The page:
​​Song Dynasty Government

Emperor Taizu of Song, or Zhao Kuangyin

The Song Dynasty (960-1276) was founded in 960 by Zhao Kuangyin, who took the throne name of Emperor Taizu. He ruled for sixteen years until his death in 976. 

The dynasty had seventeen more emperors after Taizu and reigned for more than three centuries until its fall in 1279. The Song Dynasty is noted for its achievements in science, technology, and art.

Structure of the Song Dynasty Government

The government of the Song Dynasty operated under a centralized bureaucracy, with the emperor holding absolute power. In 963, Emperor Taizu replaced the old system of two separate, autonomous civil and military administrations with a single unified administration run by civilian authorities.

The Song Dynasty government was organized into an elaborate hierarchy, with each level having its own set of responsibilities. The emperor was at the top, followed by chancellors who headed separate departments. The Department of State Affairs dealt with implementing state policy while the Secretariat-Chancellery handled the drafting of policies and advising the emperor. Under the Department of State Affairs were six ministries: Rites, War, Revenue, Public Works, Justice, and Personnel. These were headed by individual ministers who were in charge of their respective areas. Below them were the regional governors, who were responsible for administering the provinces. The lowest level of government was the local level, which consisted of the village headmen and other officials.

Merit Bureaucracy and the Civil Service Examination System

The Song Dynasty government relied heavily on a merit-based bureaucracy, with officials selected based on their performance in the civil service examination. The exams covered various topics, including Confucian classics, history, literature, and law. It was extremely difficult, and less than 3% of test-takers pass every time.

The examination system was first established in the Tang Dynasty and continued to be used during the Song Dynasty. It encouraged Confucian learning and produced a class of highly educated officials loyal to the state. Based on their score, the passers would be allowed to become government officials at either the national, state or provincial level. Those who pass the highest level of the examinations receive the jinshi degree, which means “advanced scholar,” and can enter the higher levels of bureaucracy.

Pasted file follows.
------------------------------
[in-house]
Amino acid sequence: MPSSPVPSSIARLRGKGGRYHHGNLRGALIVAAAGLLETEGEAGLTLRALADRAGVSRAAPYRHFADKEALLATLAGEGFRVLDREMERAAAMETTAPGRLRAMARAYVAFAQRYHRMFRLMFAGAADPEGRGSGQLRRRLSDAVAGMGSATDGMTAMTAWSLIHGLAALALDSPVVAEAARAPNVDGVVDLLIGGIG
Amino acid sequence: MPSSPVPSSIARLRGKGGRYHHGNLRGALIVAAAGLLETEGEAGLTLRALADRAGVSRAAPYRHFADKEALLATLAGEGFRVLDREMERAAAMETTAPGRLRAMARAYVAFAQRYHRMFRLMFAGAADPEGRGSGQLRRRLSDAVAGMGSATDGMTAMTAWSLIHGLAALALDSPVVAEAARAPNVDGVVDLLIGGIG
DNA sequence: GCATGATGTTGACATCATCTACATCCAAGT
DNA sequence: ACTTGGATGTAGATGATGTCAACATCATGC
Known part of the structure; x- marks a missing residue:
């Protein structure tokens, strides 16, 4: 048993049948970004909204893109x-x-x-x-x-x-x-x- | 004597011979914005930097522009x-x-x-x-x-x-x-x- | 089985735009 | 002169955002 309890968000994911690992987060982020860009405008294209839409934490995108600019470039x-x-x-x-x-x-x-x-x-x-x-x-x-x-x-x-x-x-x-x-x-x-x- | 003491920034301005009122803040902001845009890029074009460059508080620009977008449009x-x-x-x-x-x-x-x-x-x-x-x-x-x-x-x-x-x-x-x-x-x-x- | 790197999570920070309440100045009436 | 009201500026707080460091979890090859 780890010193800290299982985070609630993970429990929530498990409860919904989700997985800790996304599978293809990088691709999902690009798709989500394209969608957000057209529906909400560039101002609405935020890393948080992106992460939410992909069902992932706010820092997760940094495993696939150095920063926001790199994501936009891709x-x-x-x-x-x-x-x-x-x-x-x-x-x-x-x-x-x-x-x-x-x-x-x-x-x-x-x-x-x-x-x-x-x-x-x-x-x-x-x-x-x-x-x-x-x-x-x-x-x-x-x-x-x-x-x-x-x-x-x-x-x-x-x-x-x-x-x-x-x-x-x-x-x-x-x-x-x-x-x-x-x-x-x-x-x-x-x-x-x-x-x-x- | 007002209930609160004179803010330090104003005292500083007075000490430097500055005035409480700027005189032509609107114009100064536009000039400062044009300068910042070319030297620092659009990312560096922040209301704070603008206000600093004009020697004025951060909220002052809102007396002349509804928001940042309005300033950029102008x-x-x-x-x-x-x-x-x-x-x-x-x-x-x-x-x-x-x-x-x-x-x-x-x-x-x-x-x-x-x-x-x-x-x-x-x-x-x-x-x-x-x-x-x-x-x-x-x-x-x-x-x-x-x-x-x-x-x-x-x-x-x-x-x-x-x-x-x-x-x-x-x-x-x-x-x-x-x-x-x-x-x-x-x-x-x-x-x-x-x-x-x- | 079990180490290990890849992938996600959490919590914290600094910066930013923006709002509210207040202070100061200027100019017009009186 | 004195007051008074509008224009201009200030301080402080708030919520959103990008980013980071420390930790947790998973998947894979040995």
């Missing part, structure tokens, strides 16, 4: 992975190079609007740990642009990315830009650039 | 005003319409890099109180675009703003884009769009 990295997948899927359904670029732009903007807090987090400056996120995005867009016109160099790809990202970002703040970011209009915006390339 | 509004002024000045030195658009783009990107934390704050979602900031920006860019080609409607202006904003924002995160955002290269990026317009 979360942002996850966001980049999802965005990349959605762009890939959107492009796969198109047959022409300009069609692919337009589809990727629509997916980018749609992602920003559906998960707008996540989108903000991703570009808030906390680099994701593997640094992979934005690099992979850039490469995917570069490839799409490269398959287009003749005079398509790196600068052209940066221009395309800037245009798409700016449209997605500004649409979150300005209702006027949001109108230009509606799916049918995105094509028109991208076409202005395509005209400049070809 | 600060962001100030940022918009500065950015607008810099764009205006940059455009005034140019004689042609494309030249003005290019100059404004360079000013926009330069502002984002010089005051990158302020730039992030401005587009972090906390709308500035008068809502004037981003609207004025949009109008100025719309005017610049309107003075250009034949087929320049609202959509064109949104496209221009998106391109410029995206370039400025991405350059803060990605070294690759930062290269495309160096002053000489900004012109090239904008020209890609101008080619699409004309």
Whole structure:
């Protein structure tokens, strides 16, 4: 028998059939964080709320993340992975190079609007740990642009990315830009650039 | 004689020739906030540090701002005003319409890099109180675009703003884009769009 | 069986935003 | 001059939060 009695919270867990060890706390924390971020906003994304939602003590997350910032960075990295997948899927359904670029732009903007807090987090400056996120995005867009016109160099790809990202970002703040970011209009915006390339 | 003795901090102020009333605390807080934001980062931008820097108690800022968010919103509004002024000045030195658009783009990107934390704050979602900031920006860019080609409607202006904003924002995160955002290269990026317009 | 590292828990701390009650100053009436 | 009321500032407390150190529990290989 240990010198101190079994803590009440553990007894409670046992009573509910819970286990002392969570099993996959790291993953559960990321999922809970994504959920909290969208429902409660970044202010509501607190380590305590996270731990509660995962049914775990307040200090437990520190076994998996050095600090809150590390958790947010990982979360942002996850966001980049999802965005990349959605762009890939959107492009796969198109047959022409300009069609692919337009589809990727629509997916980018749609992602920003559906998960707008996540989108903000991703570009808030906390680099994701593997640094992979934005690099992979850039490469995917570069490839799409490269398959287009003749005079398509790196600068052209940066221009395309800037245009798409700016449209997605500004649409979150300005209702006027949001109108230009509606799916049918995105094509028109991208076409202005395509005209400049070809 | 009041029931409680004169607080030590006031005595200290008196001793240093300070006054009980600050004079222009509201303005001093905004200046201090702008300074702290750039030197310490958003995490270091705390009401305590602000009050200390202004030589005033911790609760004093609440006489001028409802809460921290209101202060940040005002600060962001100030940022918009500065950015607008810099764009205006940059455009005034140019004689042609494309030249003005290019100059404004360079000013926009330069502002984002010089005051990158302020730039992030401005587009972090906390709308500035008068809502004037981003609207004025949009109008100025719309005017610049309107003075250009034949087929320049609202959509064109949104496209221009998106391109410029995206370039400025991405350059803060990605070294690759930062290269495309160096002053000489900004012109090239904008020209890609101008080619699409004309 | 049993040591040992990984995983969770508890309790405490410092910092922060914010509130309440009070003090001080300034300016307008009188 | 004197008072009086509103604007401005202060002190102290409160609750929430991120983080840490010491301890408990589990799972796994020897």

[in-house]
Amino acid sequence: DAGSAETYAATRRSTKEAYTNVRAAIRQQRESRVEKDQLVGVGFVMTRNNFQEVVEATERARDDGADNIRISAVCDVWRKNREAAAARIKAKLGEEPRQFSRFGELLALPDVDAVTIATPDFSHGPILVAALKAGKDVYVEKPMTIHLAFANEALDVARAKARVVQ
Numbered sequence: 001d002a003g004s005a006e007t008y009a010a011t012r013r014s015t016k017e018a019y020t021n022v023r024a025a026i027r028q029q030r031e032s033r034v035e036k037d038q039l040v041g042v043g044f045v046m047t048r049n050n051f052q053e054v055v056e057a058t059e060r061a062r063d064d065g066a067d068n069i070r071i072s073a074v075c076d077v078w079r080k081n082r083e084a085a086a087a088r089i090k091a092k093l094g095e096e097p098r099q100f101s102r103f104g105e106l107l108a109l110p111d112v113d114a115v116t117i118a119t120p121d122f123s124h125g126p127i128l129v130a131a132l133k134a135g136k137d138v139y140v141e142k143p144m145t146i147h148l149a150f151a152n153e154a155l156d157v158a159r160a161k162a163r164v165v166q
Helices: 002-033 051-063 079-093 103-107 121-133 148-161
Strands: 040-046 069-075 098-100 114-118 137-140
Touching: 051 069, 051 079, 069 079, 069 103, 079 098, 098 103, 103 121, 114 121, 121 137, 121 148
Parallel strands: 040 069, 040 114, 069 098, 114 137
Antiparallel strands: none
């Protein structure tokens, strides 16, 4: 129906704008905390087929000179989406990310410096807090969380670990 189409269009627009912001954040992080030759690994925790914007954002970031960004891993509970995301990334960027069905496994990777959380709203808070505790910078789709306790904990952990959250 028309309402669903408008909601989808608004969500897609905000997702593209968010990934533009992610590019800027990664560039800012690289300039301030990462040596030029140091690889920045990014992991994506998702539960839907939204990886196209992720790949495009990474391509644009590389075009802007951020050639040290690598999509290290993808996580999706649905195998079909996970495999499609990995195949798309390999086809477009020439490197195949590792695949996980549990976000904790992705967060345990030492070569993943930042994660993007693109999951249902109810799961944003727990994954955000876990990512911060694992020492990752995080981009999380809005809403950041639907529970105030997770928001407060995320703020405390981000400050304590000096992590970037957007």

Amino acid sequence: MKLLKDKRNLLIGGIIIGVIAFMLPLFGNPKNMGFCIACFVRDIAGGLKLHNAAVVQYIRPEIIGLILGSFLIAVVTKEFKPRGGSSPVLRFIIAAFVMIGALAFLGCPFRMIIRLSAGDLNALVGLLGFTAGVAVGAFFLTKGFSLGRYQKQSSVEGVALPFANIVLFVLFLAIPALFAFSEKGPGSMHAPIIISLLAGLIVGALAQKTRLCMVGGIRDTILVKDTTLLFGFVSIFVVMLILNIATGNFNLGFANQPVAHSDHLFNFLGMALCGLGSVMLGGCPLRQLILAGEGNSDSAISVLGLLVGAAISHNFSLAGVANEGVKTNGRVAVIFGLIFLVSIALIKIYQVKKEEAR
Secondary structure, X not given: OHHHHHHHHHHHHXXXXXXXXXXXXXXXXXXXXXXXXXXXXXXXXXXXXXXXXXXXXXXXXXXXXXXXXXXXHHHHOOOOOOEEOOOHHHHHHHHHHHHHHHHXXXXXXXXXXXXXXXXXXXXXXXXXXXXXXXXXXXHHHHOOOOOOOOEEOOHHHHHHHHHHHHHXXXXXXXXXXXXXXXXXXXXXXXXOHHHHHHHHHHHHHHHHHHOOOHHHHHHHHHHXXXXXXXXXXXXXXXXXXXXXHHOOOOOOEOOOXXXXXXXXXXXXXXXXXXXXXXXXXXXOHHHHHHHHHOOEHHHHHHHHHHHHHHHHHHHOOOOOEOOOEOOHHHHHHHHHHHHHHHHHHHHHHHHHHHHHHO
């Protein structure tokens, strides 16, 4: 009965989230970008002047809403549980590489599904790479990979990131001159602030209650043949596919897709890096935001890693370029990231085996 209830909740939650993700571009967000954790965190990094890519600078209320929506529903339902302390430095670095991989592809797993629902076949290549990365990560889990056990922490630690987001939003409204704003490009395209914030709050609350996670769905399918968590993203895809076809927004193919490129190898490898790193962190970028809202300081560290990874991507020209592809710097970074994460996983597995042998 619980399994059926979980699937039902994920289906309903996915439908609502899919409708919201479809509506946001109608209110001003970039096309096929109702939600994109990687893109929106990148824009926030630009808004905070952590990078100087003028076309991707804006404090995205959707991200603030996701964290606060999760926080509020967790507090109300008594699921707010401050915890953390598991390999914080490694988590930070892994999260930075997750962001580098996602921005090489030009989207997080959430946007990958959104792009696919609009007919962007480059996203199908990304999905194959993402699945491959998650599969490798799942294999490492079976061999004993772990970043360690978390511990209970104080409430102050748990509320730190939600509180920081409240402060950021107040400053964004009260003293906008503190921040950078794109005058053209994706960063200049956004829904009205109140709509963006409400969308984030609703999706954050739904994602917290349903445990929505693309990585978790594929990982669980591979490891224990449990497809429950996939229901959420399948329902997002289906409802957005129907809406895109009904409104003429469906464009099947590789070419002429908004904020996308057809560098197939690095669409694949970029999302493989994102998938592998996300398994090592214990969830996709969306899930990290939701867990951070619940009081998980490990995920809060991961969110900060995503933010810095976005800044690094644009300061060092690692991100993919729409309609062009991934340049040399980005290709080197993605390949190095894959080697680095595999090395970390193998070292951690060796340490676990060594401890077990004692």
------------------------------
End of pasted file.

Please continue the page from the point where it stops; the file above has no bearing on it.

In theory, the examination was open to all men. In practice, however, only those from wealthy families could afford the time and resources needed to prepare for the exams. This resulted in a bureaucracy that was dominated by members of the elite class. Nevertheless, the existence of the examination system enabled a degree of social mobility, with some candidates coming from humble backgrounds and rising to high positions in the government. Despite their less prestigious backgrounds, their success in government service, literature, and arts would lead to a strengthening of their social standing and an increase in wealth.

The Scholar-Gentry Class

The merit bureaucracy and examination system led to a new class emerging, known as the “scholar-gentry.” They were called such because they were the scholars who had passed the exams and who were eligible to hold government positions, as well as the gentry who were wealthy and owned lands. They had a great deal of social and economic power and dominated the bureaucracy under the Song Dynasty. Considered to be a social group distinct from the commoners and the other nobility, they were comparable to the middle class in early modern Europe.